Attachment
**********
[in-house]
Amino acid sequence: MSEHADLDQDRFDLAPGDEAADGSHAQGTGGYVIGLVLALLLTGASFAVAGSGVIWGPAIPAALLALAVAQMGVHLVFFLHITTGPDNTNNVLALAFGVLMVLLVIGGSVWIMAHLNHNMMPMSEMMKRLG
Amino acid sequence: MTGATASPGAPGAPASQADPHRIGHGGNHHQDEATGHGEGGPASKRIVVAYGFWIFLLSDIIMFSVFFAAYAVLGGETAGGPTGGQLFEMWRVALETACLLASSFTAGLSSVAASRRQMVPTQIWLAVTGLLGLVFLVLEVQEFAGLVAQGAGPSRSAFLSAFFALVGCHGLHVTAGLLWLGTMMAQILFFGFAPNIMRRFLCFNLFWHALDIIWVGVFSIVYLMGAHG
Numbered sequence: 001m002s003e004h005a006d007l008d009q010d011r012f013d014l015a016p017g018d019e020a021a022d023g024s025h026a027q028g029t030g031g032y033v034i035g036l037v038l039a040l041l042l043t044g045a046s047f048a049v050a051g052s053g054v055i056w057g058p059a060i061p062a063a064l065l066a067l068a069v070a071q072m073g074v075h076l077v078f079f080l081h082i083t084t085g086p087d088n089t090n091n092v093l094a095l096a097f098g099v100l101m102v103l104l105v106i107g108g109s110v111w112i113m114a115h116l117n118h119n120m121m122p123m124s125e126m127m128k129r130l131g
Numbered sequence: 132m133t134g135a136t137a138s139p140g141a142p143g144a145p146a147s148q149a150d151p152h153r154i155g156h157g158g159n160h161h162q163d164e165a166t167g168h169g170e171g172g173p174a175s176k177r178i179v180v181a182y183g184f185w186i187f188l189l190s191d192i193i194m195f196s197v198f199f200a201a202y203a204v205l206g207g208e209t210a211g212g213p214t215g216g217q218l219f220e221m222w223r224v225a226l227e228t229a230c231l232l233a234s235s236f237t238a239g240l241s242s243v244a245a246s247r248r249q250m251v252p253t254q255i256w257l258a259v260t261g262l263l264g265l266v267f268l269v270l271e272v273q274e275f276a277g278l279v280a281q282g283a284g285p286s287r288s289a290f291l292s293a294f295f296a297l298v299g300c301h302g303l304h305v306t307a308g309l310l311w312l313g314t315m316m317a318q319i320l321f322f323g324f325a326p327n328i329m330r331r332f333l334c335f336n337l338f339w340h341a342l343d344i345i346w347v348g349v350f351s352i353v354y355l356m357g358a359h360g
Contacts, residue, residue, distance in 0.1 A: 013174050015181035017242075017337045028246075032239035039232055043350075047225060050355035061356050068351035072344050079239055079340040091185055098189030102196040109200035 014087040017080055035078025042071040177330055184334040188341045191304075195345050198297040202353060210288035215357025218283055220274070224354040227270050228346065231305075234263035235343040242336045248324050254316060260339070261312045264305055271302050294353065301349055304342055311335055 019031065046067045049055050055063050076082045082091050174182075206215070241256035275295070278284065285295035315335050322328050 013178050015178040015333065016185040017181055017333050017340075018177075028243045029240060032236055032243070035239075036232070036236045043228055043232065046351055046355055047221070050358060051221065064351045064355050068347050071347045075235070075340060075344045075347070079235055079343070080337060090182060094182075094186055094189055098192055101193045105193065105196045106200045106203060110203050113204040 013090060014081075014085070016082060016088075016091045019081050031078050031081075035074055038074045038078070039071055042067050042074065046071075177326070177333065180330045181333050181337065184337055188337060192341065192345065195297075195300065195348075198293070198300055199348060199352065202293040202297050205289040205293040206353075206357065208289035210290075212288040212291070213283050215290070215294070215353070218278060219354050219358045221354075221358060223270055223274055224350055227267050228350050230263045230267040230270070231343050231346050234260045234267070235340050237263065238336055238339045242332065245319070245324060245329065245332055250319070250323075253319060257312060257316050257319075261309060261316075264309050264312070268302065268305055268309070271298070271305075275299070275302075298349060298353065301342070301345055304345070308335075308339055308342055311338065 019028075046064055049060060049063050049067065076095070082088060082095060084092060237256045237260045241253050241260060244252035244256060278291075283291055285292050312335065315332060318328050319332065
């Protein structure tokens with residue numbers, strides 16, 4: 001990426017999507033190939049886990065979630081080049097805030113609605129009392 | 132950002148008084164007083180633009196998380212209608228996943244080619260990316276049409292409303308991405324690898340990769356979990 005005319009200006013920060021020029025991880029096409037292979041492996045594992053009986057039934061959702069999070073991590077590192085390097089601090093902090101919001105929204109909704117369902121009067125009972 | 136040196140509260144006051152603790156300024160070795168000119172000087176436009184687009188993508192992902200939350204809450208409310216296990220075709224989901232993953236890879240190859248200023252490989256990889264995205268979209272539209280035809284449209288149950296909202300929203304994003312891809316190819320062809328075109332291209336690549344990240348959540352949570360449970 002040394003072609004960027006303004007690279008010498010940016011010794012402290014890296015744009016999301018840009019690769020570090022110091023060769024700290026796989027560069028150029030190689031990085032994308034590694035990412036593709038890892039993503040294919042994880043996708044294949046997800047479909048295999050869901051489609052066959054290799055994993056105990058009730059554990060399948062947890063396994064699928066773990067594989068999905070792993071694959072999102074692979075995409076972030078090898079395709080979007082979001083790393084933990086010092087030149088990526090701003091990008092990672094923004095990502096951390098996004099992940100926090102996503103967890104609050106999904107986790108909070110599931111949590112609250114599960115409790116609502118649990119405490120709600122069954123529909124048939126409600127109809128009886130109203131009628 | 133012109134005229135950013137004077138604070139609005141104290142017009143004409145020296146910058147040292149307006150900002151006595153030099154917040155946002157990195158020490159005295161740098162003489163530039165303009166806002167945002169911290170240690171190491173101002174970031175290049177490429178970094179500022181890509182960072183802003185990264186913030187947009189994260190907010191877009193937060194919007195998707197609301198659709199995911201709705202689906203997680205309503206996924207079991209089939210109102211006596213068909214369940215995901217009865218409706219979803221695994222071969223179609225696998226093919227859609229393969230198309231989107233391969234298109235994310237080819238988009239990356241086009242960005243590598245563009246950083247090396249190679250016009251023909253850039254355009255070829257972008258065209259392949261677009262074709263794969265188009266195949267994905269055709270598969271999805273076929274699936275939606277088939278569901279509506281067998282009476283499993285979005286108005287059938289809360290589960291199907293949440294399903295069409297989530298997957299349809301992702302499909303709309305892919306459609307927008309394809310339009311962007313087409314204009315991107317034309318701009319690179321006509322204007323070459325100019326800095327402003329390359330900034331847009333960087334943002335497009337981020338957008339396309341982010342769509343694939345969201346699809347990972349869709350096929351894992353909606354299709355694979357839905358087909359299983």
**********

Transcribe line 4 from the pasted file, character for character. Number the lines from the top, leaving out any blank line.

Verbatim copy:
Numbered sequence: 001m002s003e004h005a006d007l008d009q010d011r012f013d014l015a016p017g018d019e020a021a022d023g024s025h026a027q028g029t030g031g032y033v034i035g036l037v038l039a040l041l042l043t044g045a046s047f048a049v050a051g052s053g054v055i056w057g058p059a060i061p062a063a064l065l066a067l068a069v070a071q072m073g074v075h076l077v078f079f080l081h082i083t084t085g086p087d088n089t090n091n092v093l094a095l096a097f098g099v100l101m102v103l104l105v106i107g108g109s110v111w112i113m114a115h116l117n118h119n120m121m122p123m124s125e126m127m128k129r130l131g